Provides a succinct, comprehensive, and detailed explanation of the federal old-age, survivor's and disability insurance programs under the Social Security Act.The book explains who is covered by the Social Security system, liability for the tax, how a worker acquires "insured status" required for benefit eligibility and the conditions of entitlement to the various kinds of Social Security benefits.
South Carolina has amended its Department of Employment and Workforce Law as follows:
Discharge for misconduct or cause. A worker who is discharged for misconduct connected with his or her most recent work will be disqualified for a period of 20 weeks, in addition to the waiting period, with a corresponding and mandatory reduction of the worker's benefits, to be calculated by multiplying the individual's weekly benefit amount by 20.
The term “misconduct” is limited to conduct evincing a willfull and wanton disregard of the employer's interests, such as that found in deliberate violations or disregard of standards of behavior which the employer has the right to expect of its employees, or in carelessness or negligence of such a degree or recurrence as to manifest equal culpability, wrongful intent, or evil design, or to show an intentional and substantial disregard of the employer's interest or of the employee's duties and obligations to the employer. No finding of misconduct may be made for discharge resulting from an extreme hardship, emergency, sickness, or other extraordinary circumstance.
If the Department finds that an individual has been discharged for cause, other than misconduct, connected with the most recent work prior to filing a request for a determination of insured status or a request for initiation of a claim series within an established benefit year, then the Department will find the individual partially ineligible for benefits. The ineligibility must begin with the effective date of the request, and continue not less than five nor more than the next 19 weeks, in addition to the waiting period. A corresponding and mandatory reduction of the insured worker's benefits, to be calculated by multiplying the weekly benefit amount by the number of weeks of the disqualification, must be made. The ineligibility period must be determined by the Department in each case according to the seriousness of the cause for discharge. Discharge resulting from substandard performance due to inefficiency, inability, or incapacity will not serve as a basis for disqualification under the law.
Most recent bona fide employer. A benefit paid to a claimant must not be charged against the account of a contributing employer if the Department determines that the claimant's most recent bona fide employer discharged him or her for misconduct connected with employment. “Most recent bona fide employer” means the work or employer from which an individual was discharged, regardless of work subsequent to his or her discharge in which the individual earned less than eight times the weekly benefit amount.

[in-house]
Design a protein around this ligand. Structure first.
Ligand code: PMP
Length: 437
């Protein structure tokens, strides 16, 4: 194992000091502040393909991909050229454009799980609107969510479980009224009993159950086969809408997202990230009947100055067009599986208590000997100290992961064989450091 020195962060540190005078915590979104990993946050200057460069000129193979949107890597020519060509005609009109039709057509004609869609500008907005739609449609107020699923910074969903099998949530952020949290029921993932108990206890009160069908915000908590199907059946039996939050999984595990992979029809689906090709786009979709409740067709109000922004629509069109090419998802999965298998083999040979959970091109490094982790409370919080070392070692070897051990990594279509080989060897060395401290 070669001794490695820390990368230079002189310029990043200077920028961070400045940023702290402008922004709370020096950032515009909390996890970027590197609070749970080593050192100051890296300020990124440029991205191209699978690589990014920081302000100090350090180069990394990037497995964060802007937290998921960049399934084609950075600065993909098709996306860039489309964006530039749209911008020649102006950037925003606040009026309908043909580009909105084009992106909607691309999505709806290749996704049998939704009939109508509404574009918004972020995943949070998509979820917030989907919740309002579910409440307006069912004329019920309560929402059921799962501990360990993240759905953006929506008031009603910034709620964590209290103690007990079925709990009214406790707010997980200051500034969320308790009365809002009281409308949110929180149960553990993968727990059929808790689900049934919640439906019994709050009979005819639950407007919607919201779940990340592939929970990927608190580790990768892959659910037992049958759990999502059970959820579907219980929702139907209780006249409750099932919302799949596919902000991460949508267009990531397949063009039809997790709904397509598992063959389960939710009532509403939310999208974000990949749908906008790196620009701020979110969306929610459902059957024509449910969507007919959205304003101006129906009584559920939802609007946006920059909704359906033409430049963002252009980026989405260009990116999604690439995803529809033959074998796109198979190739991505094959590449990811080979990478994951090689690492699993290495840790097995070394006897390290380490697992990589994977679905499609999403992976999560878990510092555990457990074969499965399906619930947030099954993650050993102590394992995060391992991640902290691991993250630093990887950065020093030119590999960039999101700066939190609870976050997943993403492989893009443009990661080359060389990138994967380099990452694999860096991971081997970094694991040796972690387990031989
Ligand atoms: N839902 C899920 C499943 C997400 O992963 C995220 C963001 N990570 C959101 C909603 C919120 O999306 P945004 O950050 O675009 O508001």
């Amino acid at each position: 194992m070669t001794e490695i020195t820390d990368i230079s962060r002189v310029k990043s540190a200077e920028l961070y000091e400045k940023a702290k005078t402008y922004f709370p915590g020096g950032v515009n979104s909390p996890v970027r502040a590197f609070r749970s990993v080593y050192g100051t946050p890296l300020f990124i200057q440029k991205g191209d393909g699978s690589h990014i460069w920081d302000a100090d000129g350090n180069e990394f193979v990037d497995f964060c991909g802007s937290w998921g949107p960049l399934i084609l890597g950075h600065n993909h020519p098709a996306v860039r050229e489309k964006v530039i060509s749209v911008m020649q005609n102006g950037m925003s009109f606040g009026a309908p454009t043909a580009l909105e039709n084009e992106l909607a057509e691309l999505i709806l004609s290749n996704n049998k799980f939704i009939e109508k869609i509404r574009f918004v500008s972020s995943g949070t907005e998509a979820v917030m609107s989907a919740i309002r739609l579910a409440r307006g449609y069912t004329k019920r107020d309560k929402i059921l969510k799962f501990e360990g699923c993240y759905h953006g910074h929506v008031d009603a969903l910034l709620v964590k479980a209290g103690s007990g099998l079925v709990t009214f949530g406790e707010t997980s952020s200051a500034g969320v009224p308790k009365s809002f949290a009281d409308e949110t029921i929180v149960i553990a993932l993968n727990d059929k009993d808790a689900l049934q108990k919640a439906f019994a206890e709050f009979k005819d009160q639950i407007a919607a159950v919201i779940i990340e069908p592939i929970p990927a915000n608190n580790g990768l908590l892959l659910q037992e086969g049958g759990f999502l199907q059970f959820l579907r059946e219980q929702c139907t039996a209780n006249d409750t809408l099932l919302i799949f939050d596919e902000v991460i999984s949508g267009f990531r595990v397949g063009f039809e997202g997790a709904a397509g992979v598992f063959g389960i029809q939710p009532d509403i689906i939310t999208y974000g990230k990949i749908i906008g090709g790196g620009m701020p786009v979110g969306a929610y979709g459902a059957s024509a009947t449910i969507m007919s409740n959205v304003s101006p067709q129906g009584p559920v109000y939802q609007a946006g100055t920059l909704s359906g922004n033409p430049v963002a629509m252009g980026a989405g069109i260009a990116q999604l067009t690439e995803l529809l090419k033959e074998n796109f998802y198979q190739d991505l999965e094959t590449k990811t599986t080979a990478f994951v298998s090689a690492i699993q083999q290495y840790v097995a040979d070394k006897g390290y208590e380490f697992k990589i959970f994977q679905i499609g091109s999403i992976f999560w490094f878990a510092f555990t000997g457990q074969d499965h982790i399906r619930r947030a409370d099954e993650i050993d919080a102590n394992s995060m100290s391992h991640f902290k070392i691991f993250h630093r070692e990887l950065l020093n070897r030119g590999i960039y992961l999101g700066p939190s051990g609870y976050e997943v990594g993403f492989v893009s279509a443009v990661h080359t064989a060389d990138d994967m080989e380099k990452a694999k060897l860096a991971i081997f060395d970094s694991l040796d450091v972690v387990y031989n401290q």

Fraudulent overpayment. Upon the determination of a fraudulent overpayment by the Department, an employer, except for a reimbursable or government employer, from whose account the overpayment was debited must be credited for the amount of the overpayment regardless of the outcome of the action for recoupment or recovery of the overpayment.
Substitutes. Benefits are not payable to an individual based on service in an instructional, research, or principal administrative capacity for an educational institution or institution of higher education, or to an individual based on service in any other capacity for an educational institution or institution of higher education, regardless of whether the institution is a public, private, or nonprofit organization, for any week that commences during an established and customary vacation period or holiday recess if the individual performs the service immediately before the vacation period or holiday recess and has a reasonable assurance of performing the service immediately after the vacation or holiday.
Benefits also are not payable to any individual who performed such services for a private employer that has a contractual relationship with the educational institution and is providing the services to or on behalf of an educational institution of higher education, provided that the private employer notifies the Department of Employment and Workforce of the separation of the individual.